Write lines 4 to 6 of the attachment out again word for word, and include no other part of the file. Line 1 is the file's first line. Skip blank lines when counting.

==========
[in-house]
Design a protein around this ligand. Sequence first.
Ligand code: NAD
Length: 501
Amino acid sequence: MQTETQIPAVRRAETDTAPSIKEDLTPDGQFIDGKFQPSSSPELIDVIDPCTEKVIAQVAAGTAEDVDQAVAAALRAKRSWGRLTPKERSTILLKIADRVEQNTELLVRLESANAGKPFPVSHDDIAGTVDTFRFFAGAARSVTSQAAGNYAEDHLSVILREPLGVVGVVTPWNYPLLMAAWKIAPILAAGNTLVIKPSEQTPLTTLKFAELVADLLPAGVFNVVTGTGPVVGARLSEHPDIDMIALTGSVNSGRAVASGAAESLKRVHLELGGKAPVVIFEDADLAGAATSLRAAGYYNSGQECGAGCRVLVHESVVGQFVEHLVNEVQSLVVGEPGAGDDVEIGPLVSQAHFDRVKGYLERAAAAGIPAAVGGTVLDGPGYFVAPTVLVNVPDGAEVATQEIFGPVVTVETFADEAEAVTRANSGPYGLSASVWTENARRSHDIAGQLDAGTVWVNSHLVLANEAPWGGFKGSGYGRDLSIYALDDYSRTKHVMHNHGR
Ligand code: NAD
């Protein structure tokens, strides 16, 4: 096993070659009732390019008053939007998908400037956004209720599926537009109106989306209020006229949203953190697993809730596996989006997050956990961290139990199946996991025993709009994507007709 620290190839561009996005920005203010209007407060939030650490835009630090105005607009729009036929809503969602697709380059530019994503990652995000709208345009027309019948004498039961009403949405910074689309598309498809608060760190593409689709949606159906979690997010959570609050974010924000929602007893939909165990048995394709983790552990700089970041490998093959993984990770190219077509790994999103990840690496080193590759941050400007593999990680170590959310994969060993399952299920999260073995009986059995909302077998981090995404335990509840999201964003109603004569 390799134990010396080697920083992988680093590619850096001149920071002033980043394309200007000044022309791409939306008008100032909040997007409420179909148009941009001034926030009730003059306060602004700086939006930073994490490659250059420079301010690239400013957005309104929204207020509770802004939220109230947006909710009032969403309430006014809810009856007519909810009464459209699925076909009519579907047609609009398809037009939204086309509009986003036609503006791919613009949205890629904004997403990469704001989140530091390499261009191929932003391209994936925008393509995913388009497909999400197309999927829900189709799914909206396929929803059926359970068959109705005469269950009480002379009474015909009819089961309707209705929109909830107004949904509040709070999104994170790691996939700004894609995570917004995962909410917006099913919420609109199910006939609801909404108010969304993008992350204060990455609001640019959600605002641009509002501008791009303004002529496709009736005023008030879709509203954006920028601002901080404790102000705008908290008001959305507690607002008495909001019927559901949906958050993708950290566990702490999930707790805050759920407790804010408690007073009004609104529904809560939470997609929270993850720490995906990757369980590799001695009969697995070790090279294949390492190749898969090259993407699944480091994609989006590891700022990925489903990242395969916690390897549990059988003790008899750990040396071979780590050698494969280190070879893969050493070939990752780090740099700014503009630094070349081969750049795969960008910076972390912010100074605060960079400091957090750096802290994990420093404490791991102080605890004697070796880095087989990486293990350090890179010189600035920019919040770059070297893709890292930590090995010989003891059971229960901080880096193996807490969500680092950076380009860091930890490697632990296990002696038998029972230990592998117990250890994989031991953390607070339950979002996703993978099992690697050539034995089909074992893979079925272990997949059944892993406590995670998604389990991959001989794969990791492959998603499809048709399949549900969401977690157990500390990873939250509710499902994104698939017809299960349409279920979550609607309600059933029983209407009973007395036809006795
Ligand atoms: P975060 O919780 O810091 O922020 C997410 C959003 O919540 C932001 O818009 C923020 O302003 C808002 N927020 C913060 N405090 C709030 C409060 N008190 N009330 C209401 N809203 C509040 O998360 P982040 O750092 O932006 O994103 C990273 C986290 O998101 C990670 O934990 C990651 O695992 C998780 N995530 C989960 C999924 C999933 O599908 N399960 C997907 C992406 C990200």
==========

Length: 501
Amino acid sequence: MQTETQIPAVRRAETDTAPSIKEDLTPDGQFIDGKFQPSSSPELIDVIDPCTEKVIAQVAAGTAEDVDQAVAAALRAKRSWGRLTPKERSTILLKIADRVEQNTELLVRLESANAGKPFPVSHDDIAGTVDTFRFFAGAARSVTSQAAGNYAEDHLSVILREPLGVVGVVTPWNYPLLMAAWKIAPILAAGNTLVIKPSEQTPLTTLKFAELVADLLPAGVFNVVTGTGPVVGARLSEHPDIDMIALTGSVNSGRAVASGAAESLKRVHLELGGKAPVVIFEDADLAGAATSLRAAGYYNSGQECGAGCRVLVHESVVGQFVEHLVNEVQSLVVGEPGAGDDVEIGPLVSQAHFDRVKGYLERAAAAGIPAAVGGTVLDGPGYFVAPTVLVNVPDGAEVATQEIFGPVVTVETFADEAEAVTRANSGPYGLSASVWTENARRSHDIAGQLDAGTVWVNSHLVLANEAPWGGFKGSGYGRDLSIYALDDYSRTKHVMHNHGR
Ligand code: NAD